When it comes to DIY projects, household maintenance and building repairs, the choice of power tools and nails are crucial to the overall success and quality of your project. If you are looking to create or repair wood trim, moldings and cabinetry or work on a small or detailed DIY project, you should look into brad nails. Now you may be scratching you head and asking “what are brad nails?”, but don’t worry, we are here to help!
We have taken the stress out and gathered the information for you, so you can decide if brad nails will suit your project. This article explores what brad nails are, their uses and sizes, as well as the pros and cons of their application.What Is An Outline Template?
What Are Brad Nails?
Often coined “Brads”, brad nails are the second-to-the-smallest nail you can buy when looking to use a nail gun in carpentry. They belong to the family of ‘finishing nails’ because of their use in light carpentry or as finishing touches to delicate wood work. The ‘finishing nail’ family consists of 15-16-gauge finish nails, 18-gauge brad nails, and 23-gauge pin nails. The higher the gauge, the smaller the nail.
Distinguishing the difference can be a bit confusing at first, since there is no significant variation in the sizes of finishing nails. You may also find yourself asking, what is the point of a brad nail?
Brad nails were introduced to bridge a significant gap between 15-gauge finish nails and 23-gauge pin nails. Finish nails provided significant holding power to any delicate woodwork, but because of their slightly thicker and traditional flat head nail design, they tend to leave a noticeable hole or mark in comparison to brad or pin nails.
Pin nails, on the other hand, are barely noticeable after application, but they often have to be used alongside adhesives because of their low hold strength. This is where the brad nail comes in with its 18-gauge thickness, 1.22mm diameter and pin-like design that offers a great balance between a strong hold and a delicate finish. They also come in a variety of different lengths, ranging anywhere from 3/8” to 2”. But now you might be thinking, what are brad nails used for?What Are Brad Nails?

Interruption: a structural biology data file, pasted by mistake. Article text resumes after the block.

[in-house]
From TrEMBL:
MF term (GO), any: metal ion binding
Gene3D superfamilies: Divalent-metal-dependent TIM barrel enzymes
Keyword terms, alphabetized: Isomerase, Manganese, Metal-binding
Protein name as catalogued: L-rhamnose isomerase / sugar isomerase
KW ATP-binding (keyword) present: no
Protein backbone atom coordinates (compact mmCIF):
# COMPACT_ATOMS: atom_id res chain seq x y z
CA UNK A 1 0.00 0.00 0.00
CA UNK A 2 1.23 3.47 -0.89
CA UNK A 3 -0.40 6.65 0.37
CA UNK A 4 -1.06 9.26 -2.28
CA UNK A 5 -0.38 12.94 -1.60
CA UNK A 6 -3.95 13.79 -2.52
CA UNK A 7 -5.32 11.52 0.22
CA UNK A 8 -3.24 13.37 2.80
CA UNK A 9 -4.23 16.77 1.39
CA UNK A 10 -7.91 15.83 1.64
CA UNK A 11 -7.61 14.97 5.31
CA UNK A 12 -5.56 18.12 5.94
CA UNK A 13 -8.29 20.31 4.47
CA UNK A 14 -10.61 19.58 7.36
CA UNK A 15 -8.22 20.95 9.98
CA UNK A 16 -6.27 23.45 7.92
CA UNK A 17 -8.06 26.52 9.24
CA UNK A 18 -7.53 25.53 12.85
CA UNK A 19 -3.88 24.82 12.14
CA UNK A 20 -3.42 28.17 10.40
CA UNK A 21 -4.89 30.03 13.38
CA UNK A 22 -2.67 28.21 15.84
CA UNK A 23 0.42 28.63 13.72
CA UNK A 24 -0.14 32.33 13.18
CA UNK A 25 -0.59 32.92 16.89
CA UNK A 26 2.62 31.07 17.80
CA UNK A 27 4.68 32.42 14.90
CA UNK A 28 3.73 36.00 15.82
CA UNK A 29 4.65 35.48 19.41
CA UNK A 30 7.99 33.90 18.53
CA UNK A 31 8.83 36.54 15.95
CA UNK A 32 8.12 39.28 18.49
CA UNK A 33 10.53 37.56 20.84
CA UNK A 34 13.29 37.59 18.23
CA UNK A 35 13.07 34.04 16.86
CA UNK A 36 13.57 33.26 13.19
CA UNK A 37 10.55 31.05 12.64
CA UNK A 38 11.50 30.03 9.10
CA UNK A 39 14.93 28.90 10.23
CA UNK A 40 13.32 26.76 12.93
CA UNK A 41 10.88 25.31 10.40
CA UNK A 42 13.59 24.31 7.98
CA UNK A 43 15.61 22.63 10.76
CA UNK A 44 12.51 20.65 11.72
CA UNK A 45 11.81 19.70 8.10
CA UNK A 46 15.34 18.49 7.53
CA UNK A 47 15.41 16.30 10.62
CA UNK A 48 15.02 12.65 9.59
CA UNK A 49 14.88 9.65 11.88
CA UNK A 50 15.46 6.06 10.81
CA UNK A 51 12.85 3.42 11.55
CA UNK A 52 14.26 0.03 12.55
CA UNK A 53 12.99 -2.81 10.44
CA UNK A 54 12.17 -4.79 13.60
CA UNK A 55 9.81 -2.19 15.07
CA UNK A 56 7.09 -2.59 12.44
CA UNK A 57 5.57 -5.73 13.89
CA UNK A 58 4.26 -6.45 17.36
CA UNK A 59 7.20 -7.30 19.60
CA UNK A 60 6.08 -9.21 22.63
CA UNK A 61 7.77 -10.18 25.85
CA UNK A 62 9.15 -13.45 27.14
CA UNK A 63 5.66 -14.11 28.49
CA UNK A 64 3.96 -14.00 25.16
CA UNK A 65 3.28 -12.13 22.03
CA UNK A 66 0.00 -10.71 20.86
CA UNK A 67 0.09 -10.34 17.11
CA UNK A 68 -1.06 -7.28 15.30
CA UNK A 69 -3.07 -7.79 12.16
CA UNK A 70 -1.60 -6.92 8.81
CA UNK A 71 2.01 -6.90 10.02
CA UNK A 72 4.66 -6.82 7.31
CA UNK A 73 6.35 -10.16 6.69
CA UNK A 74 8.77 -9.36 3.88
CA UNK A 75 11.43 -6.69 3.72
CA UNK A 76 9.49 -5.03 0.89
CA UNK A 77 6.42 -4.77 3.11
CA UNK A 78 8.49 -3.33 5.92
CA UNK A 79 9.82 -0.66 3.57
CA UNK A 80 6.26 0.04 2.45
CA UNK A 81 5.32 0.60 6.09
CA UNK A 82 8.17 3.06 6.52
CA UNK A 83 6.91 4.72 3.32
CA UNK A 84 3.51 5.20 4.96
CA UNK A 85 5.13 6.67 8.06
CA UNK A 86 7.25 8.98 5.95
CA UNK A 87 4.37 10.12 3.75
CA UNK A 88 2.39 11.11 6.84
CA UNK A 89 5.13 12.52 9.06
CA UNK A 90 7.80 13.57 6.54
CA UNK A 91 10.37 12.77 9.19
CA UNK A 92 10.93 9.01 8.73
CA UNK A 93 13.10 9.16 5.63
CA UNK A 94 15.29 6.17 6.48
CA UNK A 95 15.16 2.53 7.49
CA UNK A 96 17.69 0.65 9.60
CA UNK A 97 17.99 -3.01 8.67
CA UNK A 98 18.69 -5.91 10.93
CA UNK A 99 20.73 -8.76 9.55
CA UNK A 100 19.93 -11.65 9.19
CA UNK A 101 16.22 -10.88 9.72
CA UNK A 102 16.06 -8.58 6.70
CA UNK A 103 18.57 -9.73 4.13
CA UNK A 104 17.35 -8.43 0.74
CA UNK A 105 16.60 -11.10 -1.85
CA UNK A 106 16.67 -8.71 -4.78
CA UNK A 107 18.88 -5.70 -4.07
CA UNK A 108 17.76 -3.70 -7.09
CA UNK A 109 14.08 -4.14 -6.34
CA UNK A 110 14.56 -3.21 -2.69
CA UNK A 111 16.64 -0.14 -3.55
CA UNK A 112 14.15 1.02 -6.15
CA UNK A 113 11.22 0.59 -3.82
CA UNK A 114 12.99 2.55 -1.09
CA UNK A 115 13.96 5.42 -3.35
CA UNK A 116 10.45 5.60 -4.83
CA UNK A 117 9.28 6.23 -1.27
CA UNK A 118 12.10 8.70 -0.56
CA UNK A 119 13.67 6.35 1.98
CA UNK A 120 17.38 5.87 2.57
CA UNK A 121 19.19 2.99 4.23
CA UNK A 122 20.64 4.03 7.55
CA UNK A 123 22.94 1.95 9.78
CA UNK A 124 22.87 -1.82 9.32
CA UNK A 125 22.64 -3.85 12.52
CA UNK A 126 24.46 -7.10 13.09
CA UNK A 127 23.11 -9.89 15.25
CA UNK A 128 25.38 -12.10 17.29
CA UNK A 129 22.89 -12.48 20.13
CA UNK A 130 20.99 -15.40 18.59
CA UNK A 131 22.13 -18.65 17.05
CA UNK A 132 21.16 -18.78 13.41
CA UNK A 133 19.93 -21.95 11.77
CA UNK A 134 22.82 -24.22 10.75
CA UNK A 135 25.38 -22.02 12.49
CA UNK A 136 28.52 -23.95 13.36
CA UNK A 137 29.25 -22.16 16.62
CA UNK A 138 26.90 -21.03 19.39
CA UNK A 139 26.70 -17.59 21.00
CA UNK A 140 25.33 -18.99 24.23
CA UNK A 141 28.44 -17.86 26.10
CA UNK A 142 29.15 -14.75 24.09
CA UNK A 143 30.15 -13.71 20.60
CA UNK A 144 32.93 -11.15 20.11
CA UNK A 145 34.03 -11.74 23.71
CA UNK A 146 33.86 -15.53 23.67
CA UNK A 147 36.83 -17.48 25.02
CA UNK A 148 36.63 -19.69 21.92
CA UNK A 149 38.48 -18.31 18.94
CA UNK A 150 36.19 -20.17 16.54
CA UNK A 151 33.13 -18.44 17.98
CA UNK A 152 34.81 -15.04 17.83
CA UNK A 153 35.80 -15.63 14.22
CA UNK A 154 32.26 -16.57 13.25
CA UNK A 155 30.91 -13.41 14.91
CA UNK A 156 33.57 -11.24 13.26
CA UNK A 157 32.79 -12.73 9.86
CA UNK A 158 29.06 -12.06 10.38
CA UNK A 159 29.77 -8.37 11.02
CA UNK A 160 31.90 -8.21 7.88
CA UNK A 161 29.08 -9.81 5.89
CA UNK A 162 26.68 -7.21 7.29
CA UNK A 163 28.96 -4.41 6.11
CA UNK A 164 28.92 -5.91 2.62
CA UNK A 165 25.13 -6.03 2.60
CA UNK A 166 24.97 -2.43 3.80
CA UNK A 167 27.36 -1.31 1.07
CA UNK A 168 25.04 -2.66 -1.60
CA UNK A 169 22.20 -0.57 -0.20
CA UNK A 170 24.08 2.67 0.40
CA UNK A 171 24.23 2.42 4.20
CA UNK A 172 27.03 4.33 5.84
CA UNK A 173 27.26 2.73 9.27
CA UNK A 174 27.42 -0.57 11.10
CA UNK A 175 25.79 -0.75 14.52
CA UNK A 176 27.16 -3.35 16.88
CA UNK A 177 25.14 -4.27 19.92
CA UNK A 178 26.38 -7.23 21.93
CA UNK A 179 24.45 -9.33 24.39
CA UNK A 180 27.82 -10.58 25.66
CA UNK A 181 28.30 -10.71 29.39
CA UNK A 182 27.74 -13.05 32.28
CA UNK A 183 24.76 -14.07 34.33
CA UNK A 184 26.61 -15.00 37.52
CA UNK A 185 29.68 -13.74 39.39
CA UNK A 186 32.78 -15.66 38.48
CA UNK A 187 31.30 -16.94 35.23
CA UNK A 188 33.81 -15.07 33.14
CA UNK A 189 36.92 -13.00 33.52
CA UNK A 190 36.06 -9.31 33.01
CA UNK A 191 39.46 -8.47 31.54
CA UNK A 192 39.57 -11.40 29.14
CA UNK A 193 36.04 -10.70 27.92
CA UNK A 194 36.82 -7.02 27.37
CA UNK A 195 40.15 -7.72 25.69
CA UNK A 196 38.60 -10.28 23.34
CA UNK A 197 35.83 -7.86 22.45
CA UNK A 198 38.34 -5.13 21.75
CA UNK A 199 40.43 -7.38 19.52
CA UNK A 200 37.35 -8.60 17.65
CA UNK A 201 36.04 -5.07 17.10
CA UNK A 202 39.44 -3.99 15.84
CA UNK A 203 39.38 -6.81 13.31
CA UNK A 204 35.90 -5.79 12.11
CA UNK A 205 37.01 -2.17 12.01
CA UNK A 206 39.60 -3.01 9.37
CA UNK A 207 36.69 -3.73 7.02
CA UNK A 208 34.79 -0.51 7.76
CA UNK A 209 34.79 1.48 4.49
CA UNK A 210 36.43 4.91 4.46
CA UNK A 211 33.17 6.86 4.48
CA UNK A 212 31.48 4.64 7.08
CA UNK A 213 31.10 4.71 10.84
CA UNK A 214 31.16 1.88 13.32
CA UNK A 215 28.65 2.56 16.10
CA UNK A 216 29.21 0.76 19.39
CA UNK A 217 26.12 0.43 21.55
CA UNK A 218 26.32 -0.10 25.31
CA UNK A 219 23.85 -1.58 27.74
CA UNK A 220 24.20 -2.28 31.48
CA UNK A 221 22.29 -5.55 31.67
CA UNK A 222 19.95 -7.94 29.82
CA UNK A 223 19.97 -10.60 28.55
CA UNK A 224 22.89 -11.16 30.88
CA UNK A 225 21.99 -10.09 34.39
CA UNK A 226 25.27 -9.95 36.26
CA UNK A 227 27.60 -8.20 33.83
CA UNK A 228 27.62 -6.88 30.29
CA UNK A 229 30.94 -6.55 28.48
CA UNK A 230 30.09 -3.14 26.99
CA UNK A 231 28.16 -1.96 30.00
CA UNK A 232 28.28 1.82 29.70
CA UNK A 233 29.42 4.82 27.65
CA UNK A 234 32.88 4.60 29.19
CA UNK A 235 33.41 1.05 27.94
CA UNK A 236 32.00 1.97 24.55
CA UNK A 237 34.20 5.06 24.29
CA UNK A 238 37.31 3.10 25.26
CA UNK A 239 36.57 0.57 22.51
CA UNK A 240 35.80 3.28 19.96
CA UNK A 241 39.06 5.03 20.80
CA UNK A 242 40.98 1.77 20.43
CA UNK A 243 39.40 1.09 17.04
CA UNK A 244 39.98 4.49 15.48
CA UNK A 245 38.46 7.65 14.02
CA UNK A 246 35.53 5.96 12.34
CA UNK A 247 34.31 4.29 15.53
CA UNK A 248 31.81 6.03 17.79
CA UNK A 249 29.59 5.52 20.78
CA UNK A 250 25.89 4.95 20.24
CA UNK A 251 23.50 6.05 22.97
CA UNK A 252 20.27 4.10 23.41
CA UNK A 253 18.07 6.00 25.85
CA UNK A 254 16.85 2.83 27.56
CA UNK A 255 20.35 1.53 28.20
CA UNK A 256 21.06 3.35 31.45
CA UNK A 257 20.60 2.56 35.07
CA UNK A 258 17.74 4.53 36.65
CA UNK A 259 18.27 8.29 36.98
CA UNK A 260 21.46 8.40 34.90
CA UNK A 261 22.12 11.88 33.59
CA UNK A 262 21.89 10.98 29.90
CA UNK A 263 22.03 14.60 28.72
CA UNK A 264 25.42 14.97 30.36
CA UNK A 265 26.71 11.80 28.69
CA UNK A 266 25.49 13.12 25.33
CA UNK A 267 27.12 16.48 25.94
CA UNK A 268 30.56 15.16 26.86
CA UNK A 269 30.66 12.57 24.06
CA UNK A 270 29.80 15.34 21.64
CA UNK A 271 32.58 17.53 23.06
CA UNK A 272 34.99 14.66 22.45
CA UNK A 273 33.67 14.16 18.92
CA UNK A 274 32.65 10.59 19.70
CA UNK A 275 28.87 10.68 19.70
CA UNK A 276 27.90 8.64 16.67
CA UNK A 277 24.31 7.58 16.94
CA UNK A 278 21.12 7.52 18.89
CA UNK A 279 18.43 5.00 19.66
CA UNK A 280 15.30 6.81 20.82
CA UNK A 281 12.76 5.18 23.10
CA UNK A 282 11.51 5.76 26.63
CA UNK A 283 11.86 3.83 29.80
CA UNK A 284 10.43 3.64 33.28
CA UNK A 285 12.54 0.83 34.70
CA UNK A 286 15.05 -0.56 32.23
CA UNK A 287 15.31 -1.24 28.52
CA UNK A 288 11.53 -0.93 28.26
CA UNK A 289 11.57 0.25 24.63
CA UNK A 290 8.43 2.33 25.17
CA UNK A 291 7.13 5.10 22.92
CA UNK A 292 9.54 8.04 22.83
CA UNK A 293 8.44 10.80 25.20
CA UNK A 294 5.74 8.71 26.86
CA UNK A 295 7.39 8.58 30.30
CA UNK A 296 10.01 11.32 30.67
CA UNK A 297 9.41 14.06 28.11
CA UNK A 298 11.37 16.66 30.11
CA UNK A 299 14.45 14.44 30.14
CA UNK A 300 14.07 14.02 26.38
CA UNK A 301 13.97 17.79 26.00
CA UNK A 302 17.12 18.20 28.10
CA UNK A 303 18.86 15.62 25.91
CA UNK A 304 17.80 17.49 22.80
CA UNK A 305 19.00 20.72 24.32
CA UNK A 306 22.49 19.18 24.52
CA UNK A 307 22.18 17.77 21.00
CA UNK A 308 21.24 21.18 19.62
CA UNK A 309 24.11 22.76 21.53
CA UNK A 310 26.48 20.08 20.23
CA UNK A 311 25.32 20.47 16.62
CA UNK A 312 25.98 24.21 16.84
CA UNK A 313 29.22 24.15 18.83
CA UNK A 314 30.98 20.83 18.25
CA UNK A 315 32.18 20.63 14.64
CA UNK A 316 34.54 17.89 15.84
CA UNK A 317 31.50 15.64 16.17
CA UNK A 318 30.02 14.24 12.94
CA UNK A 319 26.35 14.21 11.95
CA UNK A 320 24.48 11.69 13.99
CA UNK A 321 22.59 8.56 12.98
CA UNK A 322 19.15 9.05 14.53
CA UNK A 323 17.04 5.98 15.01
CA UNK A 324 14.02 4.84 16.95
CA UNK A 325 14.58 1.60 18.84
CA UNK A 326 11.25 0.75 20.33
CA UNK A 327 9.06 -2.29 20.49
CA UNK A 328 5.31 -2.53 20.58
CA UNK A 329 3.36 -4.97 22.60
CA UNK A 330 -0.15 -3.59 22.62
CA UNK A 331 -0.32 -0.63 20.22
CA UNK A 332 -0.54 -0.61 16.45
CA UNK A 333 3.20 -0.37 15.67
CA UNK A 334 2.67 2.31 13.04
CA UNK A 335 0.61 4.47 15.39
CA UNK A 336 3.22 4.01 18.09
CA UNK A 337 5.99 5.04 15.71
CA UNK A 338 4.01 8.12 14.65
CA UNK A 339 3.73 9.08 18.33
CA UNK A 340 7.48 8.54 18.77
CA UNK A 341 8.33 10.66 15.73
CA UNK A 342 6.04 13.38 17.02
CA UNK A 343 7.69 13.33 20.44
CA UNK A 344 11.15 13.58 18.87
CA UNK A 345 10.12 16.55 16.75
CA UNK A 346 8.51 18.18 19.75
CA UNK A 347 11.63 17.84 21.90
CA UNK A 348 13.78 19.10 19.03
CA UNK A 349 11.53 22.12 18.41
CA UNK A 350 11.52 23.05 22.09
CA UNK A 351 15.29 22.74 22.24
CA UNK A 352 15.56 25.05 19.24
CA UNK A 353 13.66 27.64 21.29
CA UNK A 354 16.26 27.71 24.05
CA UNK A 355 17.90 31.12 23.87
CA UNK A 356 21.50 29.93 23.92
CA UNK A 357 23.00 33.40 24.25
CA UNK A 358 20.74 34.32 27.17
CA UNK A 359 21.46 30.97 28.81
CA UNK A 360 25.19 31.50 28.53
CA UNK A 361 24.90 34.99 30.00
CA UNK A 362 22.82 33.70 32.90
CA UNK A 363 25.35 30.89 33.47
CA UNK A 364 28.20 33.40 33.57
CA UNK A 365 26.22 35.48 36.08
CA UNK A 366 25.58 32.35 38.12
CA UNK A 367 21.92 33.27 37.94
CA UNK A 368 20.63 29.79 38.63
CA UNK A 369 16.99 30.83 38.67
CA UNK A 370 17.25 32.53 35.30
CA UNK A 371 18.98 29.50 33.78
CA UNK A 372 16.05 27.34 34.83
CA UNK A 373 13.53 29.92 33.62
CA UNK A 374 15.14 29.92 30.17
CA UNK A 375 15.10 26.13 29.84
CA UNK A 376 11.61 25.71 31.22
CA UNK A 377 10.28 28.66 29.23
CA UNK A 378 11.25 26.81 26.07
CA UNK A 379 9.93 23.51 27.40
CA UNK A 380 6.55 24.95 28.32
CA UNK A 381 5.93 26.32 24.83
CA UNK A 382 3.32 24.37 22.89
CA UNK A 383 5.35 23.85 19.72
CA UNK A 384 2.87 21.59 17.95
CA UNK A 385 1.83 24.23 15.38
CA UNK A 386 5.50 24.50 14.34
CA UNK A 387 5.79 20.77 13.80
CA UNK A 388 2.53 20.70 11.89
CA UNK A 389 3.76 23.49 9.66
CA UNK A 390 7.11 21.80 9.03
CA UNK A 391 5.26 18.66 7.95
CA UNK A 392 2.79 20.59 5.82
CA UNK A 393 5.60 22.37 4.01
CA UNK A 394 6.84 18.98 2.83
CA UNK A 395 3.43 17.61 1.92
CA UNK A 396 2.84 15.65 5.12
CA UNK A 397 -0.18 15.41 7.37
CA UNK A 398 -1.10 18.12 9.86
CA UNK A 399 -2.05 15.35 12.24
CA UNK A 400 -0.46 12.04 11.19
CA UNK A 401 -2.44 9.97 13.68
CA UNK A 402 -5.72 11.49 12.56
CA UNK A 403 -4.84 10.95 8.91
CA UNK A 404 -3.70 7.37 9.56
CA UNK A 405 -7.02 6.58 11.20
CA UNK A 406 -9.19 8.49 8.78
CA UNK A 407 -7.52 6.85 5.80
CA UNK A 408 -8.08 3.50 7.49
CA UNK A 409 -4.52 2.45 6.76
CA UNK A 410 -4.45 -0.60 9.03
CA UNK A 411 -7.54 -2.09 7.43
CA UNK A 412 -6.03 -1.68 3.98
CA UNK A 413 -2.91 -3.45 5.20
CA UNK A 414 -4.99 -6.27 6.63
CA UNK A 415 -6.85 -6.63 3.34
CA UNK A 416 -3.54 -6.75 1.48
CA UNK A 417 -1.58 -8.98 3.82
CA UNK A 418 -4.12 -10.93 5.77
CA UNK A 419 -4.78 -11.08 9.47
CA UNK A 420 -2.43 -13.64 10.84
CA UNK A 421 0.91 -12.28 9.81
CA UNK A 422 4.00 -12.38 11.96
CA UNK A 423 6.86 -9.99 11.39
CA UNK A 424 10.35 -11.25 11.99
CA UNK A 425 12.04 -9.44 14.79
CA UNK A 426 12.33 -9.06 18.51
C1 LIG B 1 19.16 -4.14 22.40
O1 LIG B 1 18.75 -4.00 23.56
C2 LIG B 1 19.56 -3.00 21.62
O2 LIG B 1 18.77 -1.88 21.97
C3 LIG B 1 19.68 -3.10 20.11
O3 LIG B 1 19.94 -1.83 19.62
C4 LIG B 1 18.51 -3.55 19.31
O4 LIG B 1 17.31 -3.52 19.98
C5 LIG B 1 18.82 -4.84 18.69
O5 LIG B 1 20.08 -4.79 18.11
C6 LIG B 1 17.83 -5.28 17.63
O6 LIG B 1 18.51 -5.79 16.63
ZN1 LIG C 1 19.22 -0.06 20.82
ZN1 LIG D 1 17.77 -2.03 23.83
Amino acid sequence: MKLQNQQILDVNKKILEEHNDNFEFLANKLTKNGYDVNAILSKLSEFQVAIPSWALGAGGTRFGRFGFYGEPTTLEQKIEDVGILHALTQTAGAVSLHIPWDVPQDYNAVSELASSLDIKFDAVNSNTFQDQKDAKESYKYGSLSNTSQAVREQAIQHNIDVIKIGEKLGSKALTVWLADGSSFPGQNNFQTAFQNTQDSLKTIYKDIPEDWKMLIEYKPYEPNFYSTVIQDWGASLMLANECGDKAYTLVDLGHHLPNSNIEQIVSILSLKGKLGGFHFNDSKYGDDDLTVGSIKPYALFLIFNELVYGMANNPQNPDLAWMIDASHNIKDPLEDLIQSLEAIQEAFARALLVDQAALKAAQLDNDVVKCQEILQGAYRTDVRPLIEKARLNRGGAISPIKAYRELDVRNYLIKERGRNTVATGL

What Are Brad Nails Used For?
So what are brad nails used for? As briefly mentioned above, brad nails are perfect for any light or delicate wood work and are generally used by professionals for mounting lightweight trim. This is because of their thin gauge size and pin-shaped design that also prevents the possibility of having to use any wood putty to cover the nail hole. This is especially beneficial for any detailed carpentry projects, as wood putty tends to leave a darker colour once a finish is applied.
All of this makes brad nails ideal for a range of home improvement or renovation projects. Some of the most popular applications for brad nails include attaching cove, stop, rail, and baseboard shoe molding, applying detailed trim on cabinets, constructing small wood furniture pieces, as well as easy home projects such as picture frames.
A Safe Choice
An additional benefit to using brad nails in any delicate or detailed woodwork projects is that they reduce the risk of damaging thin pieces of trim. When nailing thin trim to cabinets or baseboards, there is always a risk of the wood getting damaged or splitting if you’re using finish nails as opposed to brad nails.
Despite these benefits, people still often opt for the finishing nail’s holding power when attaching any wood trim. However, thanks to the natural structure of the wood, brad nails are perfectly capable of delicately securing trim to any wooden surface without the need for a flathead nail design.
Brad nails sizes typically depend on the capacity of your brad nail gun. While not as common as the 18-gauge, 21-gauge brad nails are also available if you’re looking for an extra-delicate finish. However, 18-gauge brad nails are more common because of the stronger bond they provide when compared to the thin, pin-sized 21-gauge brad nails.
Once you have decided the gauge of your brad nail, you then need to decide the length of your fastener, or nail. Most brad nail guns are compatible with a range of brad nail lengths, ranging from 3/8” to 2”. A good thing to keep in mind is that you want the length of the nail to be about three times the thickness of the material you’re nailing. That way you ensure the nail will effectively secure the material to the object you are attaching it to.